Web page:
She explains, “If your mind is left to focus purely on your illness, you’ll be in for a rough ride. It’ll play tricks on you. It’ll gnarl and twist your every thought. It’ll swipe your confidence and constantly rob you of the opportunity to live each day to its fullest potential. Find your distractions so your mind can preoccupy itself with other stuff. For some, it may be their family responsibilities; for others it may be something noble, like involvement in some charitable pursuit to the extent they are able to.”

Patience, dear patient!

“For type A personalities like me, the cancer rollercoaster ride can sure test your patience,” confides Alison. “In the early stages, my friend Sheila taught me the expression “patience, dear patient” and that became a common mantra for me. I had to frequently remind myself of this. You feel like you’re doing the tango. You take two steps forward and then … you take four steps back. You get a snippet of information about your condition only to find it raises more questions than it answered. You think you’ll get closure at a scheduled appointment, only to find out that the box has been reopened and you’re nowhere near closure. You think you’re done with tests only to find out you need more. You wait for results. And you wait some more. The uncertainty is a killer. But you learn to deal with it and to keep yourself busy with daily life instead of agonising about what may or may not be. You get enough practice in learning patience and you’ll certainly come out the other end with a newfound skill if you didn’t have it before!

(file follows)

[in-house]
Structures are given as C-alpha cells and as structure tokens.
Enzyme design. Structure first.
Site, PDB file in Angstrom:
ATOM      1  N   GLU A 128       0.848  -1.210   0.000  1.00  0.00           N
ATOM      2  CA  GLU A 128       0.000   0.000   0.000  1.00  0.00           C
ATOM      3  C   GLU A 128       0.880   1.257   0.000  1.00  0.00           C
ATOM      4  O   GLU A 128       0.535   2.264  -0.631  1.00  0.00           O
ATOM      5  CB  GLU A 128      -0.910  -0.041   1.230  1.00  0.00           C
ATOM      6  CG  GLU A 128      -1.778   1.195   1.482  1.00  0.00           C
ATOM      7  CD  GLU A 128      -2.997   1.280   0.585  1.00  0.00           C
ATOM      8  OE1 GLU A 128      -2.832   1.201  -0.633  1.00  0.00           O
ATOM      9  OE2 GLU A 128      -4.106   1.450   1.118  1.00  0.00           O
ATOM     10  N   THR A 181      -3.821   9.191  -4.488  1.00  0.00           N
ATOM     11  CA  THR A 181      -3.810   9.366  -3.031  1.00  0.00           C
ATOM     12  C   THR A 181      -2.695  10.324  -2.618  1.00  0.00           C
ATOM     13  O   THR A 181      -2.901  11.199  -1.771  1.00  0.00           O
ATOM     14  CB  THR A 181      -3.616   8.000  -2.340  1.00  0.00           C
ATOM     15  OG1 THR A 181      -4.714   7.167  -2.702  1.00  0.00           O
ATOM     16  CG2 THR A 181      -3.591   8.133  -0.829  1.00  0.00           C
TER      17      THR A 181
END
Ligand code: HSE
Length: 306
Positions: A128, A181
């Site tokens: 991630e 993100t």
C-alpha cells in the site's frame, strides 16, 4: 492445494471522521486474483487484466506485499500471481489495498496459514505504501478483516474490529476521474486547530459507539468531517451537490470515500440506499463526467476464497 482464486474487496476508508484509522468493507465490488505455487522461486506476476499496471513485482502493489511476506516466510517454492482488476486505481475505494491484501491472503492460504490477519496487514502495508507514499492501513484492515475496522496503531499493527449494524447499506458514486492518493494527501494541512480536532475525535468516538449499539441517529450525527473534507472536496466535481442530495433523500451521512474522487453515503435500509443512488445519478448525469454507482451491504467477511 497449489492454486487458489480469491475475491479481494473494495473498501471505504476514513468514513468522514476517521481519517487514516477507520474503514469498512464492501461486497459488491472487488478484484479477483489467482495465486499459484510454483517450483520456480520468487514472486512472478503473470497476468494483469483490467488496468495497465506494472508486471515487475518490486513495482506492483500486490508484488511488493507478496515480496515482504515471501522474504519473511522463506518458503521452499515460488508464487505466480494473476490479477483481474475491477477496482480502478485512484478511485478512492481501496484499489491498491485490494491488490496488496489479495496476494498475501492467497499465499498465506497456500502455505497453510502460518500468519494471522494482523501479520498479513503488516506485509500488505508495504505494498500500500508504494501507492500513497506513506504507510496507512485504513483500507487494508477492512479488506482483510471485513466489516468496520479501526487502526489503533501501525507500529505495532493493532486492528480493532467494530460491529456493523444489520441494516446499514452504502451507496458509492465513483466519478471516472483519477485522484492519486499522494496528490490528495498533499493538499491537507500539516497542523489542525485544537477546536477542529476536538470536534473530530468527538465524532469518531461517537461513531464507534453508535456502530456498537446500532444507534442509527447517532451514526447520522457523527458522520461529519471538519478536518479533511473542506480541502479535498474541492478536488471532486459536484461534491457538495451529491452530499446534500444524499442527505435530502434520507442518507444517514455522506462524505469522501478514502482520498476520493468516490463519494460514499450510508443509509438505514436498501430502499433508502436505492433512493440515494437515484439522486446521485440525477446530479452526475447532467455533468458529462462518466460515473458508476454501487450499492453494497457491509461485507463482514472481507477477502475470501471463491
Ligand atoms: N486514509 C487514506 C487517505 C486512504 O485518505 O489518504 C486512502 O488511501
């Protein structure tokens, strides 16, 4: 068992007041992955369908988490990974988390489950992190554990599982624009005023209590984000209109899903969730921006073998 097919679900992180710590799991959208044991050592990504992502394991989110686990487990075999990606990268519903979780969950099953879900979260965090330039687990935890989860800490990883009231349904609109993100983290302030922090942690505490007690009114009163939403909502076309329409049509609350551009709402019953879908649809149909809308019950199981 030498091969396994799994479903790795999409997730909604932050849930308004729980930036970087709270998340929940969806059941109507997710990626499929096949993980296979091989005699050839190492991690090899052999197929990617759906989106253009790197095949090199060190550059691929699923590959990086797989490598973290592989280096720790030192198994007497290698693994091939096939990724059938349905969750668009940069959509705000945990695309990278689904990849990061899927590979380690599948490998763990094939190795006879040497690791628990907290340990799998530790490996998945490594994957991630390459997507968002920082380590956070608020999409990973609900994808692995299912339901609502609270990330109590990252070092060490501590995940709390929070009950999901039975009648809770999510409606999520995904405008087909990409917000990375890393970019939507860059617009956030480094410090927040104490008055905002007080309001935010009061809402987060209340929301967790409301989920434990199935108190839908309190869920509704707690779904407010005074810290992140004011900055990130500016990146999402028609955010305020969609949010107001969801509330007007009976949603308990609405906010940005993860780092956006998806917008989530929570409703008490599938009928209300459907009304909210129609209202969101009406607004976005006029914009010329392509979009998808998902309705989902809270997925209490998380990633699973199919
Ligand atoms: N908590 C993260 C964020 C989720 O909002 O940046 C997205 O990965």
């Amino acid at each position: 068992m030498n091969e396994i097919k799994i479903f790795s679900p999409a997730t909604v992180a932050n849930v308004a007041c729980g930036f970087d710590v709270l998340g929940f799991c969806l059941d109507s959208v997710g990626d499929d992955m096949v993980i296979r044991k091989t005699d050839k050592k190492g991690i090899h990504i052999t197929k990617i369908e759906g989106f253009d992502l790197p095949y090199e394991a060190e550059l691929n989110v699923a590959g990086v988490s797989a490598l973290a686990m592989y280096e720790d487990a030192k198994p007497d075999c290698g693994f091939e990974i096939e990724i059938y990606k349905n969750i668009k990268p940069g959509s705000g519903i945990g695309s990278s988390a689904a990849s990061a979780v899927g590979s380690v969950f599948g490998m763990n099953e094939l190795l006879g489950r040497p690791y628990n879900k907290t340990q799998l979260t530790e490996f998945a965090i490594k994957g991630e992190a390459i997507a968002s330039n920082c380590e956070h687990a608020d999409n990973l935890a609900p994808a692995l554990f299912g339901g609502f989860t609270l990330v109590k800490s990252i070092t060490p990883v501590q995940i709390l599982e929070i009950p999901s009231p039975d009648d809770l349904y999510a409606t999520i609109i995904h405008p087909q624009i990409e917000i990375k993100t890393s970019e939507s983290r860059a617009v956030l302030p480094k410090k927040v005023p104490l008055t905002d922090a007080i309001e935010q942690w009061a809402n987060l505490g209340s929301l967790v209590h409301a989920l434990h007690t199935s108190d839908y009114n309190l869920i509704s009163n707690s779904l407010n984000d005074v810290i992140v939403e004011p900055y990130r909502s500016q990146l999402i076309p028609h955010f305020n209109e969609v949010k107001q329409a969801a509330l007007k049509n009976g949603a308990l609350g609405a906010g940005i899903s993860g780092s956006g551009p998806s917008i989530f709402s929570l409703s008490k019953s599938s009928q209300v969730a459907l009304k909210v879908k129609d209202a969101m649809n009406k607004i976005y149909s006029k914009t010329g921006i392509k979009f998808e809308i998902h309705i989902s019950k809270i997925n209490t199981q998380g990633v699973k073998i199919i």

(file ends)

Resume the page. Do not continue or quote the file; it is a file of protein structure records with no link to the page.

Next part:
Keep meticulous records of your bills

Alison advises cancer patients to create a handwritten or digital table and record every single medical intervention and cost, which makes it easier to reconcile or query medical bills as they come in.

Think about your location relative to your treatment venue

“If possible, choose an oncologist and radiologist who are located close to where you live,” says Alison. “When you’re going for radiation therapy every day, a quick drive makes the world of difference, and I was able to drive myself.”

Alison’s approach in a nutshell?

“The expression ‘inhale love, exhale gratitude’ is a precious one and one that I think we all need to remind ourselves of from time to time. If there was a rallying cry from my cancer experience, it would no doubt be exactly this,” she concludes.